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March 5, 2004

We lost some more good ones last week. Willard Andrews, a truly gifted craftsman, and Dayle Lynch, a retired educator, both passed away after debilitating illnesses. Velma Moore also left us, and she was part of a passing era.

Willard was a Perry-born artisan who had few equals in decorating homes or serving as a general construction contractor. He took special pride in the new Country Club building and he was a devoted golfer on the links. Dayle has been away from here since he graduated from Perry High School in 1943. For the past several years he and his family have been living in Nowata, where he retired as a teacher and administrator. Before that he had taught classes in the Billings school system. He was well regarded there and he had been named Billings school superintendent just before Nowata lured him away. At different times Willard and Dayle were key members of Coach Hump Daniels' highly successful Maroon football machines. Both were team players, family men and civic-minded citizens. Each of them leaves a hole in their communities. Their kind is hard to find.

Velma Moore served local citizens in different ways. Many of us remember her as the local person in charge of the Annex Movie Theater on the east side of the square. She was a hard-working employee in a time of emerging female workplace leaders.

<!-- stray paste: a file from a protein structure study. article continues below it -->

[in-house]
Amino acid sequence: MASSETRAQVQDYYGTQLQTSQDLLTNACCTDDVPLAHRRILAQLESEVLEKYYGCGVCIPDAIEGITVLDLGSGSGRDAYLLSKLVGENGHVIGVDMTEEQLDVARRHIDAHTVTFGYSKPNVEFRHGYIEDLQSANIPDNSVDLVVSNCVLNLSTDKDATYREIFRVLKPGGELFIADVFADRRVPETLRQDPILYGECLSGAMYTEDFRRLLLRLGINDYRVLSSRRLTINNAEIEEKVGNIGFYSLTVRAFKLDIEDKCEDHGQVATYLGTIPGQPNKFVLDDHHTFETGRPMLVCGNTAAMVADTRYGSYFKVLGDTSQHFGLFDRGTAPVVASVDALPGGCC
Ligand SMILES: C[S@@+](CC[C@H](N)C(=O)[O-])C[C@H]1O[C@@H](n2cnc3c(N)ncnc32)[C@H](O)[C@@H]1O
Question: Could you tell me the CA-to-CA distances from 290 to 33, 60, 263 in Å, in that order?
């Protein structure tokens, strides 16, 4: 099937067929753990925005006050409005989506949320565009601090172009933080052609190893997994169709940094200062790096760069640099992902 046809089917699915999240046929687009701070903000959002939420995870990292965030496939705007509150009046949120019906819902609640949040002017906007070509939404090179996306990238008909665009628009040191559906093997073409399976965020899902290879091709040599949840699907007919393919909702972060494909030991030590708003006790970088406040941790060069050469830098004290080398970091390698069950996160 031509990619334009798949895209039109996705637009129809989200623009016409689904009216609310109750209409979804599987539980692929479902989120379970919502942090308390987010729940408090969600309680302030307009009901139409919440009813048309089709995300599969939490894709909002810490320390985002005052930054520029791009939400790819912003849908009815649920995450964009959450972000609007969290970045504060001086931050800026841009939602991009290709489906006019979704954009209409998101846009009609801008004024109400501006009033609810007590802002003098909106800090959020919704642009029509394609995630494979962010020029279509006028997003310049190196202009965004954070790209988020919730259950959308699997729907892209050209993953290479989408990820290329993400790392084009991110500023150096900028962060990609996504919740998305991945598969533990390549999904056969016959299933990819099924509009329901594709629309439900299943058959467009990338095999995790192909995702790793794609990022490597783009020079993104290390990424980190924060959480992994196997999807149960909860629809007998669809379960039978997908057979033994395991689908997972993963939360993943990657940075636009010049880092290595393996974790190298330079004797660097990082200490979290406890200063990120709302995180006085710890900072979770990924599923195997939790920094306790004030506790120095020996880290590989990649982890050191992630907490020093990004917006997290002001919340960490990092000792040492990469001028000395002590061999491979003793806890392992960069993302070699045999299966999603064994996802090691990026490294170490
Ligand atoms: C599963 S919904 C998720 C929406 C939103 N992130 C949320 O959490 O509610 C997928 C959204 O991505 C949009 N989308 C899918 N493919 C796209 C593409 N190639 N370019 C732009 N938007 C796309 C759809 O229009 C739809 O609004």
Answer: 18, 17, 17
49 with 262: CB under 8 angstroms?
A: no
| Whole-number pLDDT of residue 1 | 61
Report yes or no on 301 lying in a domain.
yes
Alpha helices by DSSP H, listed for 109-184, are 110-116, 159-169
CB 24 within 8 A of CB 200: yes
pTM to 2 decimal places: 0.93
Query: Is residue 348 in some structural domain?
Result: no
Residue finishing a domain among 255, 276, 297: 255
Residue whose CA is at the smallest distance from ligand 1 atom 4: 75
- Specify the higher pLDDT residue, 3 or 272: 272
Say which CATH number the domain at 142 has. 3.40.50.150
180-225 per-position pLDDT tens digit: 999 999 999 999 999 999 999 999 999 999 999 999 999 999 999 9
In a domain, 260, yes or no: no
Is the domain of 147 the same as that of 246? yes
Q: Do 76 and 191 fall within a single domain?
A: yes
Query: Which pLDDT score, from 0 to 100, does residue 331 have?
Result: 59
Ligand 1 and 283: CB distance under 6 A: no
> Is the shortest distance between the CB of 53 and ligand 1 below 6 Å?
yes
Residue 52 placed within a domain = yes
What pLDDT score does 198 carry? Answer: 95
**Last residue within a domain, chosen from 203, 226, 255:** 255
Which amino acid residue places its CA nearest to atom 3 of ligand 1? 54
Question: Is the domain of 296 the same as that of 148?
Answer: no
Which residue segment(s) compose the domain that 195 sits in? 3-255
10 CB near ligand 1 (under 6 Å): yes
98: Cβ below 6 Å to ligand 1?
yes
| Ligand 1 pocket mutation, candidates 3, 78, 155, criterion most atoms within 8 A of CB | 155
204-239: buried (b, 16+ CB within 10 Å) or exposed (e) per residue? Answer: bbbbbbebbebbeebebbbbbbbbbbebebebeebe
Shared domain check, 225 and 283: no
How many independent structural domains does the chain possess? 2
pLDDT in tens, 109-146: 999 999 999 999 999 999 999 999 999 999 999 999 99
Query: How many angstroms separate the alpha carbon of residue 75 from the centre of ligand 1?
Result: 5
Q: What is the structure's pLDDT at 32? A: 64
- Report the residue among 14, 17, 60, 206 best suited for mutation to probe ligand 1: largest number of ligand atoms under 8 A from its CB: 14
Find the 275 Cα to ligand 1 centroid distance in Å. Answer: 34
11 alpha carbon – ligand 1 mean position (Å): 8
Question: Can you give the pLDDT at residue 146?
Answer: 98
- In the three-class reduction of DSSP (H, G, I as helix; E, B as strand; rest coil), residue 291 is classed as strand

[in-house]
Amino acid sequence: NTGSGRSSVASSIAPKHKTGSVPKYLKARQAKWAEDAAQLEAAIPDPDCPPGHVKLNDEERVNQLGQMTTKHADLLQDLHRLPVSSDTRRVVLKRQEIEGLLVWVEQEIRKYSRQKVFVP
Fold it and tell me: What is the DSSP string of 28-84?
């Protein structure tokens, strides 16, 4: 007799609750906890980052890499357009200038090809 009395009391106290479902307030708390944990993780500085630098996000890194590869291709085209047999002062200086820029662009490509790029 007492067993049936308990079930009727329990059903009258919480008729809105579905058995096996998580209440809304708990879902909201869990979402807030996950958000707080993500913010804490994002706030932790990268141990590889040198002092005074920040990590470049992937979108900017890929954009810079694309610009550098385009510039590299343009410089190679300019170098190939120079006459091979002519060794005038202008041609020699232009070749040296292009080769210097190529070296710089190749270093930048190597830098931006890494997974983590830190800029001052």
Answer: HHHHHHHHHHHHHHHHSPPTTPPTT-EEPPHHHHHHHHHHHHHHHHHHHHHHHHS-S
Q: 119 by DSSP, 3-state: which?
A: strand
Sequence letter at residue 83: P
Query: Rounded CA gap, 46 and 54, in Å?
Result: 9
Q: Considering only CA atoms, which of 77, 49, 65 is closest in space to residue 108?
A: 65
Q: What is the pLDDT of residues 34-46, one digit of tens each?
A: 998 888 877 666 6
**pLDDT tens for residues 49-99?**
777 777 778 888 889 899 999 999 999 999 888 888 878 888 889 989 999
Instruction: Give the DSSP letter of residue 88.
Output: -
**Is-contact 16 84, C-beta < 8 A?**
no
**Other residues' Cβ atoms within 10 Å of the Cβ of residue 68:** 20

Several friends have been kind enough to mention that they enjoyed reading the recent Stars & Stripes comments on the status of Al-Arablya as providers of legitimate information. It is the belief of some that the Al Arabya are mere tools of the Iraqi resistance. According to some, if that were true, the U.S. challenge in Iraq would be easier than it is. In fact, the channel merely reflects as well as drives the common Arab and Iraqi opinion about the U.S. and the occupation— which is mistrustful, misinformed and often antagonistic. Censorship will only reinforce such biases while driving up Al Arabya's viewership. The only effective way to attack the problem is to offer an alternative — or many alternatives— that give Iraqis and other Arabs access in quality programming and credible information provided by professional journalists who are independent of the governing authority. This ought to be something that an American administration can get right. That it has not done so after months in power, is an inexcusable failing.

So there you have another aspect of an argument that is liable to swirl for several more months — at least until the November elections.